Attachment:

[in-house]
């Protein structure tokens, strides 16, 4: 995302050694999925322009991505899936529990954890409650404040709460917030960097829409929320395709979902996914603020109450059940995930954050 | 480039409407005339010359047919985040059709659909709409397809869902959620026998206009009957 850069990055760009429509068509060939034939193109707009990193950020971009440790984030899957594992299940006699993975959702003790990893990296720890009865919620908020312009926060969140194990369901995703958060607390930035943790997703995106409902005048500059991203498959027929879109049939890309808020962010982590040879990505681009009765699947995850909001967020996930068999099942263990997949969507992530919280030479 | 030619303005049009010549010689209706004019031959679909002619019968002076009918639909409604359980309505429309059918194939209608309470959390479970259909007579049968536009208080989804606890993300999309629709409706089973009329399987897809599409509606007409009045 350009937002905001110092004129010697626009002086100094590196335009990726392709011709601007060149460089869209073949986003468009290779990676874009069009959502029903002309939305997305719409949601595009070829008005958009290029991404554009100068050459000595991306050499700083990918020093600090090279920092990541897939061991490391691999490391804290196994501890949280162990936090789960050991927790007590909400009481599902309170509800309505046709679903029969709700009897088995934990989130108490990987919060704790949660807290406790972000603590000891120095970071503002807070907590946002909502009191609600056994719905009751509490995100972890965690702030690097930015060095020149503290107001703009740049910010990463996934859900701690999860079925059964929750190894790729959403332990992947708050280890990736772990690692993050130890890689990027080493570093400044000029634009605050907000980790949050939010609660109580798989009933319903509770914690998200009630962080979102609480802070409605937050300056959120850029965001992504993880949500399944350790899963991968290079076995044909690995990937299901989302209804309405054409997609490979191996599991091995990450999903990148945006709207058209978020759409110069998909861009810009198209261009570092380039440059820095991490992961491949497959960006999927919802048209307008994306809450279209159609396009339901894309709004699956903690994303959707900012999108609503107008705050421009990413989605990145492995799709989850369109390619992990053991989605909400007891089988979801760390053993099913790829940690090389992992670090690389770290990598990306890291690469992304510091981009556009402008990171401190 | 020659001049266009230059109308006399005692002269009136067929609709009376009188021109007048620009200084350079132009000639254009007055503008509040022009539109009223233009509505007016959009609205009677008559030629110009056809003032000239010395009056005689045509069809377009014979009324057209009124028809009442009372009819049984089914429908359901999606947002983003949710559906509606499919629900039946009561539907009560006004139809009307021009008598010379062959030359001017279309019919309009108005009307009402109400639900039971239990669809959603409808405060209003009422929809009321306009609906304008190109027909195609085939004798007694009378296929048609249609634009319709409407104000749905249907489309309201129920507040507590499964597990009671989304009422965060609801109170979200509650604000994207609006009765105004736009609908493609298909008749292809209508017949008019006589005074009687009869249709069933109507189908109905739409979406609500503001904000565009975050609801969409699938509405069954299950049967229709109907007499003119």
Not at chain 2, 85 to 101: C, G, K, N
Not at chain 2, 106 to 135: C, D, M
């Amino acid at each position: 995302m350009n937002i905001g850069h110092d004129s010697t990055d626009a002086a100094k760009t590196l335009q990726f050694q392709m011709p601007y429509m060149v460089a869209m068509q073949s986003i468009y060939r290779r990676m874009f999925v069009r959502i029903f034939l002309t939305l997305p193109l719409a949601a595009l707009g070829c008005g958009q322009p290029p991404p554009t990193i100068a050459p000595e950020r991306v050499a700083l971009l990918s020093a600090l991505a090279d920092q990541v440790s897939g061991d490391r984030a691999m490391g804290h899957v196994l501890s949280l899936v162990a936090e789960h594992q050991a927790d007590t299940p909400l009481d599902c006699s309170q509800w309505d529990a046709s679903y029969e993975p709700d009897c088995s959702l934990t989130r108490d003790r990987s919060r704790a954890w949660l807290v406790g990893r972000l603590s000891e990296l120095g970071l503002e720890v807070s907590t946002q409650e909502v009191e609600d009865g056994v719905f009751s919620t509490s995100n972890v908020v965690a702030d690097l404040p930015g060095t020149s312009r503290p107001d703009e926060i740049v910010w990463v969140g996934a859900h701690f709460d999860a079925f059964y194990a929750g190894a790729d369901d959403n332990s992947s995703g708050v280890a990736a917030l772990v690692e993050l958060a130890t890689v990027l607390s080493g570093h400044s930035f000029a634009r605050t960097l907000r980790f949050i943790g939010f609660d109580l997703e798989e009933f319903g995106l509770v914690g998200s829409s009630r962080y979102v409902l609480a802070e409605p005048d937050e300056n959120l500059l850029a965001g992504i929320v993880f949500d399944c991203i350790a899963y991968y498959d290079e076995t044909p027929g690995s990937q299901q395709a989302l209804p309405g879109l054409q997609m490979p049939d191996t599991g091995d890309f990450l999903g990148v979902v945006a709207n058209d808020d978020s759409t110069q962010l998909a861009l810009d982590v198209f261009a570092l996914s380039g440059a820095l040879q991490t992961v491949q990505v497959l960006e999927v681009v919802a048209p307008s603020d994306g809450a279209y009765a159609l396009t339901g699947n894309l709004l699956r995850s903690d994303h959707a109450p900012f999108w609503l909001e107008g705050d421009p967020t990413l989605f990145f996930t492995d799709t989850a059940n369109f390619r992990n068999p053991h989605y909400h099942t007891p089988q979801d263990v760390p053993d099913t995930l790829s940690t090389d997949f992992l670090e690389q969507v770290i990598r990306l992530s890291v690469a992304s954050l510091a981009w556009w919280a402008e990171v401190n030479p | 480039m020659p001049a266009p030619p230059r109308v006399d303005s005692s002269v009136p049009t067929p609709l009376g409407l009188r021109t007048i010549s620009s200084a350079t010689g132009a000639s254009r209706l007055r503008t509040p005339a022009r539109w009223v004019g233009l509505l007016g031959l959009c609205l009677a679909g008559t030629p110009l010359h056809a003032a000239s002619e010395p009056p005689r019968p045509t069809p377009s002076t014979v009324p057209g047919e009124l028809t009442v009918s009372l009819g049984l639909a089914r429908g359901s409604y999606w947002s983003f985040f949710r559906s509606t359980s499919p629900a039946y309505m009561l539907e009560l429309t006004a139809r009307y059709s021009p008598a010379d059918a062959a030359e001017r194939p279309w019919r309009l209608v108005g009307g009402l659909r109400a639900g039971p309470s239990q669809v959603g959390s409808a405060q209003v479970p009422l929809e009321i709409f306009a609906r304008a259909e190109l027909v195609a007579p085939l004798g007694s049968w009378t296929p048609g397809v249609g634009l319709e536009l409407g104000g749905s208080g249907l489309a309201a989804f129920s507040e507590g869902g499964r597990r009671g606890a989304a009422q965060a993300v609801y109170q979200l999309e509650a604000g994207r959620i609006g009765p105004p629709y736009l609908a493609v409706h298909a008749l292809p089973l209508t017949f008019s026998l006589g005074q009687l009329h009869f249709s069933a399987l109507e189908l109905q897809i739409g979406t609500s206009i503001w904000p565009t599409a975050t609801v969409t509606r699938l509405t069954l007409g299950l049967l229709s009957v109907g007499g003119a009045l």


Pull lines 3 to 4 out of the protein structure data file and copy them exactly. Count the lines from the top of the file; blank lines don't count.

Not at chain 2, 85 to 101: C, G, K, N
Not at chain 2, 106 to 135: C, D, M